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Hino Motors and Mitsubishi Fuso announce integration of operations

Mitsubishi Fuso Truck and Bus Corp. trucks bound for shipment stand at a port in Yokohama, Japan, on Thursday, Sept. 26, 2019. President Donald Trump and his Japanese counterpart Shinzo Abe touted a limited trade agreement on Wednesday, as the U.S. withdrew the threat of imposing auto tariffs on the Asian nation for now. Photographer: Akio Kon/Bloomberg

Hino Motors, a Toyota Motor group company, and Mitsubishi Fuso Truck and Bus, majority-owned by Daimler Truck, will seek to merge their operations in order to better compete in the market for freight-hauling vehicles.

The four manufacturers signed a memorandum of understanding to bring Hino and Mitsubishi Fuso under a single company to be jointly owned by Toyota and Daimler Truck, they said in a statement Tuesday. They plan to sign an agreement by March 2024 and integrate the business by the end of the same year.

Hino Motors has been caught up in an emissions scandal since last year after misrepresenting data on engine tests for years, making it a major headache for Toyota, which owns just over 50% of the truck- and bus-maker. The deal would potentially give Daimler Truck the ability to tackle their margin improvement targets more aggressively, given that Mitubishi Fuso’s earnings have been a drag on profitability.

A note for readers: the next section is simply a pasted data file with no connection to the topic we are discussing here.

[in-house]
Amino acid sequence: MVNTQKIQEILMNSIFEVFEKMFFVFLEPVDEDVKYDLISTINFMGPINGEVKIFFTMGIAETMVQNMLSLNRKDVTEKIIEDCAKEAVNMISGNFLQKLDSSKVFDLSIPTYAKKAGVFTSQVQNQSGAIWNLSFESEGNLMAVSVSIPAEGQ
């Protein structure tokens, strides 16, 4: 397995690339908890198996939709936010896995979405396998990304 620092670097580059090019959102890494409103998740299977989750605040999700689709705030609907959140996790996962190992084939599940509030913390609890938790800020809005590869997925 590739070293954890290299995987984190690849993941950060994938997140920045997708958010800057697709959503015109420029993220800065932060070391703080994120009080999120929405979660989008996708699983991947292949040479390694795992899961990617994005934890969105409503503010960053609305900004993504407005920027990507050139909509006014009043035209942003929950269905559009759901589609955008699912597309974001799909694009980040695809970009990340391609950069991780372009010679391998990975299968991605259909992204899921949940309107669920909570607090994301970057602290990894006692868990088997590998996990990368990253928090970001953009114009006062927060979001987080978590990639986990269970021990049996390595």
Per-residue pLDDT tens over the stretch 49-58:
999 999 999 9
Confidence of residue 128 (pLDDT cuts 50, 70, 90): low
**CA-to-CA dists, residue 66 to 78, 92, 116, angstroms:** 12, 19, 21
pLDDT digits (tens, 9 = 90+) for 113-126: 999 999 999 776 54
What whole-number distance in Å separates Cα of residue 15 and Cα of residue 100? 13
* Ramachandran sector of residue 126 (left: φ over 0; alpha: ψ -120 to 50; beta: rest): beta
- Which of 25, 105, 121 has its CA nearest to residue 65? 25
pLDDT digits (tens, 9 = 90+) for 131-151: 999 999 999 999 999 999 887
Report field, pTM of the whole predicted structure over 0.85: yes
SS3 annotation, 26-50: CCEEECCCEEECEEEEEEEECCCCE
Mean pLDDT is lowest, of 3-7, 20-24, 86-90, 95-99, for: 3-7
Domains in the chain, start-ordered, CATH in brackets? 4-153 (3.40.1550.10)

The new company combining Hino and Mitsubishi Fuso could bring in new management expertise and also help them save on purchasing costs and development. No figures for the potential deal were announced.

Hino and Mitsubishi Fuso “will work together to improve operational efficiencies, including in development and production, and hone the competitiveness of Japanese commercial vehicle manufacturers,” the firms said in the statement.

Global automakers are ramping up investment in connected, autonomous, shared and electric vehicles, known as CASE, to meet stricter emission rules and offer new vehicle services.

It is becoming increasingly difficult for a maker of commercial vehicles that sells fewer vehicles than traditional automakers to keep up with such trends on their own, Hino said.

At a news conference later on Tuesday, Toyota President Koji Sato said the four companies will cooperate in accelerating CASE technologies, while Hino President Satoshi Ogiso said developing CASE technologies by the company alone would be difficult.

Toyota is under increasing pressure from companies that are plowing headlong into fully electric cars such as Tesla and Chinese behemoth BYD.

Source: The Japan News